The Duck of Minerva

The Duck Quacks at Twilight

Robots and Prejudice

January 25, 2012

At ThinkProgress Alyssa Rosenberg shares a lovely new short film about robots and prejudice:

No Robots from YungHan Chang on Vimeo.

Rosenberg draws a distinction between the representations of robots in this film and the scarier representations in much popular culture:

Often, when we see robots in popular culture, they’re actually more powerful than we are. If the Cylons were a metaphor for, say, Irish immigrants to the United States, they’d be telling a story about workers rising up from the slums and engulfing us all in whiskey and potatoes. These metaphors tend to legitimate the fears of privileged class rather than debunking them. But a movie like No Robots has a different power differential. The shopkeeper is angry at a robot who is physically smaller than he is, who is annoying rather than intimidating. He commits an act of terrible violence against that much more vulnerable actor. And then he discovers that things he’s conditioned to want to protect and find adorable—kittens—are emotionally dependent on the robot, who has been stealing milk to feed them. It’s a narrative that questions the shopkeeper’s prejudices and assumptions, rather than suggesting he’s right to be angry and afraid of a new element in his environment.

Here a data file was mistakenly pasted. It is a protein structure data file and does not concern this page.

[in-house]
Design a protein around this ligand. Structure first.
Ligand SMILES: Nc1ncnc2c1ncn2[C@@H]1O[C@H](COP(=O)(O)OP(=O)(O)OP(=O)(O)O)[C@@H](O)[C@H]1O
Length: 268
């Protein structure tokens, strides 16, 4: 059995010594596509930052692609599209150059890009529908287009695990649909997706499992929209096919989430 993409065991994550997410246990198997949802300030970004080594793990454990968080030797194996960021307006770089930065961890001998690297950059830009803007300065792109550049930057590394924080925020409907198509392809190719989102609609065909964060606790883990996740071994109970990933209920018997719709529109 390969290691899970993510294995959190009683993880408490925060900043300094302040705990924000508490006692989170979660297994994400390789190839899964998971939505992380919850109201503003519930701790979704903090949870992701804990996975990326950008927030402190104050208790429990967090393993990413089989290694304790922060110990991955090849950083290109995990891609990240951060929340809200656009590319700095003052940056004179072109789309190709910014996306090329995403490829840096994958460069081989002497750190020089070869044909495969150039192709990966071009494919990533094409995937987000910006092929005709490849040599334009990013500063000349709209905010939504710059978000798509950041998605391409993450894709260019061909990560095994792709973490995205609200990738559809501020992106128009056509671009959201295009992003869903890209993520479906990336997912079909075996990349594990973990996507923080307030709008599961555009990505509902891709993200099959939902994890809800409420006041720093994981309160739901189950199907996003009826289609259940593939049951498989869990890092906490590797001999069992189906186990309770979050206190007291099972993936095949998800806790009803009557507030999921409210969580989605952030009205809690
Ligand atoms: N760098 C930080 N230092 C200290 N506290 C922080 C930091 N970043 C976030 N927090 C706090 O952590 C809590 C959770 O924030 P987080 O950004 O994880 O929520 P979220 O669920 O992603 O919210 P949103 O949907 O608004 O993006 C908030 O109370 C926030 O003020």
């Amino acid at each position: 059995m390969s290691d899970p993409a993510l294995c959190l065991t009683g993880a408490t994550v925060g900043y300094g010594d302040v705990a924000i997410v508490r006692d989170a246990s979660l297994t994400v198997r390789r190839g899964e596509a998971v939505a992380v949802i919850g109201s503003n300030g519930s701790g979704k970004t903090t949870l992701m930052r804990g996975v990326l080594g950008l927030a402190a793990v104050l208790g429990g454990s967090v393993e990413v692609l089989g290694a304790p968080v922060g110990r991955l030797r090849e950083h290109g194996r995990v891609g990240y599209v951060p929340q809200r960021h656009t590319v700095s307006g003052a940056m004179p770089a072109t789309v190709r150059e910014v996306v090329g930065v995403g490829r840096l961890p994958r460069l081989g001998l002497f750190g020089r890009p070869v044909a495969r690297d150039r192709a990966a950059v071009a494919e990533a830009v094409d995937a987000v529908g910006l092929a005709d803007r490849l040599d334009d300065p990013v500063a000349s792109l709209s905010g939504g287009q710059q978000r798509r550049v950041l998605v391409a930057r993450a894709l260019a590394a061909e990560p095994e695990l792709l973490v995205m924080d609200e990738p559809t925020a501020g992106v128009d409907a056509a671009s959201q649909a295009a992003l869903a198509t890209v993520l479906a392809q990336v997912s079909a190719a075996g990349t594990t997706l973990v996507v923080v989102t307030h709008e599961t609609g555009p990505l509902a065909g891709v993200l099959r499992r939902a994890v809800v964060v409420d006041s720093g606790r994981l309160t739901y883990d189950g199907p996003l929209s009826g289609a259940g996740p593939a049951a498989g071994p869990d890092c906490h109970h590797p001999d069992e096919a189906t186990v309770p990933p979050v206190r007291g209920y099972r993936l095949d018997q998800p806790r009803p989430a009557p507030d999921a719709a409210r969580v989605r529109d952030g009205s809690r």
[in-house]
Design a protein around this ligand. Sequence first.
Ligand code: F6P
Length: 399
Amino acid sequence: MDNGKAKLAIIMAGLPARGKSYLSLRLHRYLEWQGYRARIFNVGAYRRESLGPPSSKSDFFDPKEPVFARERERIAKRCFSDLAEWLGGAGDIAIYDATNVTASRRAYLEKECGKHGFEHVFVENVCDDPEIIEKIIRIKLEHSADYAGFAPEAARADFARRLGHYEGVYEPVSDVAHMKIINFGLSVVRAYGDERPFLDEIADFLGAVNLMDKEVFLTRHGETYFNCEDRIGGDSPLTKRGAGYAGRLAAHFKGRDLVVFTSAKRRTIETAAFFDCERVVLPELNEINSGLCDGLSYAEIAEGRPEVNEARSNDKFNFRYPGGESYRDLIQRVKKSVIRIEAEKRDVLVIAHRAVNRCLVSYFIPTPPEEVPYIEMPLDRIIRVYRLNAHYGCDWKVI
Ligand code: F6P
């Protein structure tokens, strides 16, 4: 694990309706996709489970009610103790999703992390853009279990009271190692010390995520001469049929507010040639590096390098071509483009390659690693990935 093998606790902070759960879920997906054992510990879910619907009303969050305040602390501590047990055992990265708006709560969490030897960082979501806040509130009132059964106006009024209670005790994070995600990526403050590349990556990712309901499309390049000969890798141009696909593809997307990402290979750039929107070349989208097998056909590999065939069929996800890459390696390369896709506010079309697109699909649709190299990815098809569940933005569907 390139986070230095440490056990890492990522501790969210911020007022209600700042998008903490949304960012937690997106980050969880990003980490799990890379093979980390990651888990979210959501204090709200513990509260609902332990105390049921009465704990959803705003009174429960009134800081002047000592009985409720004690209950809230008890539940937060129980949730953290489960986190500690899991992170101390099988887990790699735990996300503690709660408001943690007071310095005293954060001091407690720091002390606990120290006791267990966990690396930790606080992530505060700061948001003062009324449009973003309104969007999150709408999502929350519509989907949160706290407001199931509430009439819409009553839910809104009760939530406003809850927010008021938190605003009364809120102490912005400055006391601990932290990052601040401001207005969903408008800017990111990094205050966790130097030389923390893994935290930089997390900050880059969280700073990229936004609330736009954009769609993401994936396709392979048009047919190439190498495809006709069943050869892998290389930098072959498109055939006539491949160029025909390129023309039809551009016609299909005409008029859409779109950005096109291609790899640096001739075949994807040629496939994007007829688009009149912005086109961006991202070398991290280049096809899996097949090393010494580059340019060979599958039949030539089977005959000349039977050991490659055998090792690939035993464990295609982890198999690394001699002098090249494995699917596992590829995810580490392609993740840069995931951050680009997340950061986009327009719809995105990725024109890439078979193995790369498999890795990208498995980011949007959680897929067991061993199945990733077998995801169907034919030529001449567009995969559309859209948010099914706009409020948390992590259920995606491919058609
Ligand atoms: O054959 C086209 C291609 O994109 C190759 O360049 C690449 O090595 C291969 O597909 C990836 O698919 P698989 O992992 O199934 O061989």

I think she may overstate the case: there are an awful lot of pop culture archetypes of robots as a vulnerable, altruistic underclass even in the West (remember AI? Wall-E?) and in Japanese culture the Terminator/Cylon archetype is far less prevalent than a view of robots as cute, cuddly and benign. But still, on this blog at least we’ve certainly focused more on war-bots, and this film is a healthy reminder of the many ways robots can be used as metaphors for complex social relations and hierarchies. Kudos to the producers.

+ posts

Charli Carpenter is a Professor in the Department of Political Science at the University of Massachusetts-Amherst. She is the author of 'Innocent Women and Children': Gender, Norms and the Protection of Civilians (Ashgate, 2006), Forgetting Children Born of War: Setting the Human Rights
Agenda in Bosnia and Beyond (Columbia, 2010), and ‘Lost’ Causes: Agenda-Setting in Global Issue Networks and the Shaping of Human Security (Cornell, 2014). Her main research interests include national security ethics, the protection of civilians, the laws of war, global agenda-setting, gender and political violence, humanitarian affairs, the role of information technology in human security, and the gap between intentions and outcomes among advocates of human security.